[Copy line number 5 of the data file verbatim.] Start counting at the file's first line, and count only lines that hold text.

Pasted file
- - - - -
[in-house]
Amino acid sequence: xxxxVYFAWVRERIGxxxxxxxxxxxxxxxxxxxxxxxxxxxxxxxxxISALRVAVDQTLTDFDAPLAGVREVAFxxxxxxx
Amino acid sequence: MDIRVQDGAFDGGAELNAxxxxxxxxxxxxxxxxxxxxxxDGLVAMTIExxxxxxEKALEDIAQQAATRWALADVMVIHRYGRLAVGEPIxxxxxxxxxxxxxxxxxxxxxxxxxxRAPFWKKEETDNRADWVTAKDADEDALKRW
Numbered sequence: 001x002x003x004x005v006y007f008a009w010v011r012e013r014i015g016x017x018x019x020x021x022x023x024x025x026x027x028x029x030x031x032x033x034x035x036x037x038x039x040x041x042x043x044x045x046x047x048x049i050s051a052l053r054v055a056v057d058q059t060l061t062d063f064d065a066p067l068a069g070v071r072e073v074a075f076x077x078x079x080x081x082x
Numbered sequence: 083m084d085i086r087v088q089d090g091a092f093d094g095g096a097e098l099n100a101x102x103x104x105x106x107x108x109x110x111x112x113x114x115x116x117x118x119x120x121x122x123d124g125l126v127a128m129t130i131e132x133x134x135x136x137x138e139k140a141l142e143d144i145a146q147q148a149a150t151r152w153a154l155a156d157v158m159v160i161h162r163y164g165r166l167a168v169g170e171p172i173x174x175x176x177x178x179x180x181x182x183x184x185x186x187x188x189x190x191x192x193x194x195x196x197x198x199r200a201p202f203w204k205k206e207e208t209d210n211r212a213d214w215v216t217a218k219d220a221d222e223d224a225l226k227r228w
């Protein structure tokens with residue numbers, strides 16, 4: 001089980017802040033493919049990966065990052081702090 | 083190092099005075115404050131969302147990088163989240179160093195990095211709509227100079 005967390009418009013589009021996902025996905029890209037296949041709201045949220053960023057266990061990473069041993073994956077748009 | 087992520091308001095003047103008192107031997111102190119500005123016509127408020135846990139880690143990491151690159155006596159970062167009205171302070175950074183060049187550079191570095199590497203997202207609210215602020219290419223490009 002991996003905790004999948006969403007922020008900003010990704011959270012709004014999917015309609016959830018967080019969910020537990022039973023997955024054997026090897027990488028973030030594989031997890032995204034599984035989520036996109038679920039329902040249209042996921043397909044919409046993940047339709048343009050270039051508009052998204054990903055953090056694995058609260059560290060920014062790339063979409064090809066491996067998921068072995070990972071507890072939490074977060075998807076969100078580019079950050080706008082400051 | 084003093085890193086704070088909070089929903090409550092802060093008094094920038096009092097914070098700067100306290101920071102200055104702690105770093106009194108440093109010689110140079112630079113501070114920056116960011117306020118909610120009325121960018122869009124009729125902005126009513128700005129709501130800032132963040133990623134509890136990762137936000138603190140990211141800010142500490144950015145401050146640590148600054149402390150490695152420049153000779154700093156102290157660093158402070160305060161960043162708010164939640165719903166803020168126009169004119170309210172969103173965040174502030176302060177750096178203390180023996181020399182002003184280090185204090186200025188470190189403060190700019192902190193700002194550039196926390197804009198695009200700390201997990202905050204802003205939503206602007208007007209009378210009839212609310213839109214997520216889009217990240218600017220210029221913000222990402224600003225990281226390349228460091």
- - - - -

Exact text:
Numbered sequence: 083m084d085i086r087v088q089d090g091a092f093d094g095g096a097e098l099n100a101x102x103x104x105x106x107x108x109x110x111x112x113x114x115x116x117x118x119x120x121x122x123d124g125l126v127a128m129t130i131e132x133x134x135x136x137x138e139k140a141l142e143d144i145a146q147q148a149a150t151r152w153a154l155a156d157v158m159v160i161h162r163y164g165r166l167a168v169g170e171p172i173x174x175x176x177x178x179x180x181x182x183x184x185x186x187x188x189x190x191x192x193x194x195x196x197x198x199r200a201p202f203w204k205k206e207e208t209d210n211r212a213d214w215v216t217a218k219d220a221d222e223d224a225l226k227r228w